Claymore's construction is problematic. He features Footloose's head (that would also later appear on Rumbler), Flint's arms and waist, Dusty's legs and the Tele Viper chest. On one level, seeing so many different figures used to create this amalgamation helps distinguish him from any of the originals. But, the Tele Viper chest is both rather distinctive and oddly proportioned. This gives Claymore an asymmetrical appearance. But, the bigger issue is that the parts were not engineered to work together. If you have ever looked for Claymore figures, you see a high number of them with broken crotches. This is due to the fact that the Dusty legs are larger than the 1985 Flint's legs. So, they are much more likely to break the crotch on the Flint waist than the legs originally designed with the waist piece. By 1986, I didn't break figures. But, I broke Claymore just trying to sit him into a vehicle. And, I did it damn near the day I got him. (The crotchless figure you see in the photos below is my actual childhood figure. His joints and paint are almost pristine because I broke him so quickly.) With that bit of bad luck, Claymore was relegated to second or third tier status among my Joes of the day.
Claymore's colors are interesting. The bright yellow base can be troublesome for collectors. On the 1993 Leatherneck, the color is ridiculed. But, on Claymore, the 1986 release year makes the community more forgiving of the banana colored pants. But, the figure is amazingly detailed and features intricate paint masks that place layers of brown, black, silver and green onto the various features of the figure's parts. The brown and green are earthly and grounded. This offsets the yellow and makes the figure appear less bright than he actually is. I do feel that were Claymore a carded release, he would not be as well regarded. Collectors are always more forgiving of harder to find figures. But, Claymore is a nice match for the rest of the class of 1986 and looks right at home with them when on display.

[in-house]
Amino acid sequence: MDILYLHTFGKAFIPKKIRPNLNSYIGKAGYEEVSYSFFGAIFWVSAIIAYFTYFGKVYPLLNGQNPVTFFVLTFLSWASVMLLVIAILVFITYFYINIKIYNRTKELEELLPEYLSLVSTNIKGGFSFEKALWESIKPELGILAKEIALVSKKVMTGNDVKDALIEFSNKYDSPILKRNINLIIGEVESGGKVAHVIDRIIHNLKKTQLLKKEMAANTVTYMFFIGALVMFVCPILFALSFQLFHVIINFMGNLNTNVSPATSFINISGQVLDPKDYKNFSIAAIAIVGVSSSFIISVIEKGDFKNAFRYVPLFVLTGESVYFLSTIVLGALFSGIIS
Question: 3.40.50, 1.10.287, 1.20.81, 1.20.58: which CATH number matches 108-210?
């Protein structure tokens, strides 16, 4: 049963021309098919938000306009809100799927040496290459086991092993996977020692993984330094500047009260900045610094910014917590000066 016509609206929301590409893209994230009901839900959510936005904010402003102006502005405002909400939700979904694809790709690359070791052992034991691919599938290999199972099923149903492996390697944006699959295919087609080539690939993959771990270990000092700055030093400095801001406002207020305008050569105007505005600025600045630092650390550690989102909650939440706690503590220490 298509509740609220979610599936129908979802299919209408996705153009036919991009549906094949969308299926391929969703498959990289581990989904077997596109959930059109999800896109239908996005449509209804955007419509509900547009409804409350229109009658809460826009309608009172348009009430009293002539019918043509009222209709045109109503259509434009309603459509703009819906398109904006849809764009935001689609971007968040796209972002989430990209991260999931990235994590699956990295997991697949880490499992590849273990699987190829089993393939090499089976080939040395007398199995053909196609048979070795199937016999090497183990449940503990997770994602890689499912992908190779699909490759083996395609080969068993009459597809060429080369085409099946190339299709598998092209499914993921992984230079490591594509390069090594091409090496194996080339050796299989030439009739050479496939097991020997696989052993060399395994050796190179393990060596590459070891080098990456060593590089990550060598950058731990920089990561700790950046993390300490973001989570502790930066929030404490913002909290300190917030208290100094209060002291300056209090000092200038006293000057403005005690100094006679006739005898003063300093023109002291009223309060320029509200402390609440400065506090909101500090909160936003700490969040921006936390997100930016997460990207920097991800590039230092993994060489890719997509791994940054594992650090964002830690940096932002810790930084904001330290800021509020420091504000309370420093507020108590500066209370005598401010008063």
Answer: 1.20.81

Claymore's gear is not good. He includes a green version of Footloose's helmet that is not painted. It is often mistaken and you see many, many Claymore figures with an incorrect helmet. (Sometimes, you can find a Footloose with a Claymore helmet, though.) The helmet matches the green color of Claymore's vest. So, it's a nice match. Claymore also included an Uzi. My version included a 1985 Snake Eyes Uzi. It is indistinguishable from the original release of the weapon. There are also reports of Claymore's that included the 1986 Uzi that was originally packed with the 1986 Low Light and would show up again with Law in 1987. In the late 1990's, there were a great deal of sealed Mission to Brazil accessory sets that were available from various dealers. These mostly included the 1986 Uzi. But, seeing as how these were sold 20 years ago and I'm the only one who remembers them, it's possible they are another false memory. I have not seen a sealed set with the 1986 Uzi in a long time. Every collector has their preference on weapon. But, I feel Claymore looks out of place with the 1986 Uzi and that his filecard art shows the 1985 version, too. As a kid, I needed Claymore to have a backpack. The excellent 1986 Hawk backpack is a color match for Claymore's green helmet and body. So, to this day, I consider this pack an essential part of any Claymore figure.